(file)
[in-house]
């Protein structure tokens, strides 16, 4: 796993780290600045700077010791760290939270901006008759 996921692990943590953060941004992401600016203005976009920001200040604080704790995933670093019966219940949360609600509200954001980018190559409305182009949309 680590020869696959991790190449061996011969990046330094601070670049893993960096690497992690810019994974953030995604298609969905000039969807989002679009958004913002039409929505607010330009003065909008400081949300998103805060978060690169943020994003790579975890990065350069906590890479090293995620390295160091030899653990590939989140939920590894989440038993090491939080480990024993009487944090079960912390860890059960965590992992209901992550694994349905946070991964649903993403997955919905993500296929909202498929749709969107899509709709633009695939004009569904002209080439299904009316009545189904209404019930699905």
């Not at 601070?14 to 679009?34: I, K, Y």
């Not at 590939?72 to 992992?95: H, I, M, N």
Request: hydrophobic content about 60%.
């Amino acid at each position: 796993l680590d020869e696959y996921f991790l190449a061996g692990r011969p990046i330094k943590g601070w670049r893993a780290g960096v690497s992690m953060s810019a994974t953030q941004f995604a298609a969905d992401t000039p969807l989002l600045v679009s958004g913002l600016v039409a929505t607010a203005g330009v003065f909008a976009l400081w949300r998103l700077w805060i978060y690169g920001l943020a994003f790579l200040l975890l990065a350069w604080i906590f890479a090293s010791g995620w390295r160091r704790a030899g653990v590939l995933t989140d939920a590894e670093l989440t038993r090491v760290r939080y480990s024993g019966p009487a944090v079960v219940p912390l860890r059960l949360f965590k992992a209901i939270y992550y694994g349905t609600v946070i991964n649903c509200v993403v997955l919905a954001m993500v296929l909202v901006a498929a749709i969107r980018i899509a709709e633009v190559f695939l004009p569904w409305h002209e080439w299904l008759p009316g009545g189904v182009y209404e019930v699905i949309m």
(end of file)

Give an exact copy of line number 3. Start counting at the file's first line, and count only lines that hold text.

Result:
């Not at 601070?14 to 679009?34: I, K, Y």